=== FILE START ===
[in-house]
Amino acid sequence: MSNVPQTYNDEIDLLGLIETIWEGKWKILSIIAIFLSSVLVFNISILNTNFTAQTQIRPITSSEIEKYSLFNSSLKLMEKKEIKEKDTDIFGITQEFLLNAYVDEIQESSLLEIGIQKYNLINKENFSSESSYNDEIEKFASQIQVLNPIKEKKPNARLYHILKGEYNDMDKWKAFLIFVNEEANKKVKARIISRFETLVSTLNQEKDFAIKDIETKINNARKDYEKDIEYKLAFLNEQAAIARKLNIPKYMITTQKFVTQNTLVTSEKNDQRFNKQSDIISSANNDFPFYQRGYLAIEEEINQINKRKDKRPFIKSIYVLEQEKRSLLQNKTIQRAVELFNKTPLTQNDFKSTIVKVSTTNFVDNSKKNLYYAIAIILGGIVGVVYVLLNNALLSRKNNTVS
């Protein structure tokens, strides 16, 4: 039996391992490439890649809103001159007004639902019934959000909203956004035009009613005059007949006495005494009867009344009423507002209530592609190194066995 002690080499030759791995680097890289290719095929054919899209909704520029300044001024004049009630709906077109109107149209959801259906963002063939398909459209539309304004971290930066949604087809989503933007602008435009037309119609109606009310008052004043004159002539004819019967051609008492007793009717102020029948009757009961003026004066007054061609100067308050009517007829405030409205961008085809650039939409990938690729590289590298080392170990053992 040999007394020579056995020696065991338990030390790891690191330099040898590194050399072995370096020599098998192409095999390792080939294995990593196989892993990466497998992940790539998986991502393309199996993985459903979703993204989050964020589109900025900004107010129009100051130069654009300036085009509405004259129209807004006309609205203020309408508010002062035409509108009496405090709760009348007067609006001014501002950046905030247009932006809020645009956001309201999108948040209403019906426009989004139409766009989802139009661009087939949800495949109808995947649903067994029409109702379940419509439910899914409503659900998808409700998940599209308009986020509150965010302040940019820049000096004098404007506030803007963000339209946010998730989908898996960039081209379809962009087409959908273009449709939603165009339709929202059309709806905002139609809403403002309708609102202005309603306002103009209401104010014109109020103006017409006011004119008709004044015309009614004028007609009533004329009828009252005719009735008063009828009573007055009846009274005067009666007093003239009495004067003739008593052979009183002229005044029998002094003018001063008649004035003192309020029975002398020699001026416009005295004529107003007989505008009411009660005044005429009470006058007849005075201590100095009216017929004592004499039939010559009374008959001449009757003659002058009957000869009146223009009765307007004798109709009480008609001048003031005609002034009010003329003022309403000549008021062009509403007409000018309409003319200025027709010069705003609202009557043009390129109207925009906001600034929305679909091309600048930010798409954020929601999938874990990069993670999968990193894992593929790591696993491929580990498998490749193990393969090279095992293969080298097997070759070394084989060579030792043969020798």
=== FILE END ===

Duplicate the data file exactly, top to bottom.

[in-house]
Amino acid sequence: MSNVPQTYNDEIDLLGLIETIWEGKWKILSIIAIFLSSVLVFNISILNTNFTAQTQIRPITSSEIEKYSLFNSSLKLMEKKEIKEKDTDIFGITQEFLLNAYVDEIQESSLLEIGIQKYNLINKENFSSESSYNDEIEKFASQIQVLNPIKEKKPNARLYHILKGEYNDMDKWKAFLIFVNEEANKKVKARIISRFETLVSTLNQEKDFAIKDIETKINNARKDYEKDIEYKLAFLNEQAAIARKLNIPKYMITTQKFVTQNTLVTSEKNDQRFNKQSDIISSANNDFPFYQRGYLAIEEEINQINKRKDKRPFIKSIYVLEQEKRSLLQNKTIQRAVELFNKTPLTQNDFKSTIVKVSTTNFVDNSKKNLYYAIAIILGGIVGVVYVLLNNALLSRKNNTVS
């Protein structure tokens, strides 16, 4: 039996391992490439890649809103001159007004639902019934959000909203956004035009009613005059007949006495005494009867009344009423507002209530592609190194066995 002690080499030759791995680097890289290719095929054919899209909704520029300044001024004049009630709906077109109107149209959801259906963002063939398909459209539309304004971290930066949604087809989503933007602008435009037309119609109606009310008052004043004159002539004819019967051609008492007793009717102020029948009757009961003026004066007054061609100067308050009517007829405030409205961008085809650039939409990938690729590289590298080392170990053992 040999007394020579056995020696065991338990030390790891690191330099040898590194050399072995370096020599098998192409095999390792080939294995990593196989892993990466497998992940790539998986991502393309199996993985459903979703993204989050964020589109900025900004107010129009100051130069654009300036085009509405004259129209807004006309609205203020309408508010002062035409509108009496405090709760009348007067609006001014501002950046905030247009932006809020645009956001309201999108948040209403019906426009989004139409766009989802139009661009087939949800495949109808995947649903067994029409109702379940419509439910899914409503659900998808409700998940599209308009986020509150965010302040940019820049000096004098404007506030803007963000339209946010998730989908898996960039081209379809962009087409959908273009449709939603165009339709929202059309709806905002139609809403403002309708609102202005309603306002103009209401104010014109109020103006017409006011004119008709004044015309009614004028007609009533004329009828009252005719009735008063009828009573007055009846009274005067009666007093003239009495004067003739008593052979009183002229005044029998002094003018001063008649004035003192309020029975002398020699001026416009005295004529107003007989505008009411009660005044005429009470006058007849005075201590100095009216017929004592004499039939010559009374008959001449009757003659002058009957000869009146223009009765307007004798109709009480008609001048003031005609002034009010003329003022309403000549008021062009509403007409000018309409003319200025027709010069705003609202009557043009390129109207925009906001600034929305679909091309600048930010798409954020929601999938874990990069993670999968990193894992593929790591696993491929580990498998490749193990393969090279095992293969080298097997070759070394084989060579030792043969020798």